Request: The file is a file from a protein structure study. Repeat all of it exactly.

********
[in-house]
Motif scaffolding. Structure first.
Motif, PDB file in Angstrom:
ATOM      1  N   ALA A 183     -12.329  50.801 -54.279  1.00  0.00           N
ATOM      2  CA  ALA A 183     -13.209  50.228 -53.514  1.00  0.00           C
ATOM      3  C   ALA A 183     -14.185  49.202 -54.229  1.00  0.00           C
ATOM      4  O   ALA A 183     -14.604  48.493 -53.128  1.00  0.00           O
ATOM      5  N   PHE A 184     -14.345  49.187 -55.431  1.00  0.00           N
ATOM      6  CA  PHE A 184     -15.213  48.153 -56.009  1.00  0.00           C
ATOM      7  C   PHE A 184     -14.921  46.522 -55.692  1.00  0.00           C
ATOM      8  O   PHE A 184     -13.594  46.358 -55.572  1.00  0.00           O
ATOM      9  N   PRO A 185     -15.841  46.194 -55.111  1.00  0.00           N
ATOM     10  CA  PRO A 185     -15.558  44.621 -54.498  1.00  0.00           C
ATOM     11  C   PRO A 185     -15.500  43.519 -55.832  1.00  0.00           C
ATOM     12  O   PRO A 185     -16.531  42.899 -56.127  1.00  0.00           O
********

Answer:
[in-house]
Motif scaffolding. Structure first.
Motif, PDB file in Angstrom:
ATOM      1  N   ALA A 183     -12.329  50.801 -54.279  1.00  0.00           N
ATOM      2  CA  ALA A 183     -13.209  50.228 -53.514  1.00  0.00           C
ATOM      3  C   ALA A 183     -14.185  49.202 -54.229  1.00  0.00           C
ATOM      4  O   ALA A 183     -14.604  48.493 -53.128  1.00  0.00           O
ATOM      5  N   PHE A 184     -14.345  49.187 -55.431  1.00  0.00           N
ATOM      6  CA  PHE A 184     -15.213  48.153 -56.009  1.00  0.00           C
ATOM      7  C   PHE A 184     -14.921  46.522 -55.692  1.00  0.00           C
ATOM      8  O   PHE A 184     -13.594  46.358 -55.572  1.00  0.00           O
ATOM      9  N   PRO A 185     -15.841  46.194 -55.111  1.00  0.00           N
ATOM     10  CA  PRO A 185     -15.558  44.621 -54.498  1.00  0.00           C
ATOM     11  C   PRO A 185     -15.500  43.519 -55.832  1.00  0.00           C
ATOM     12  O   PRO A 185     -16.531  42.899 -56.127  1.00  0.00           O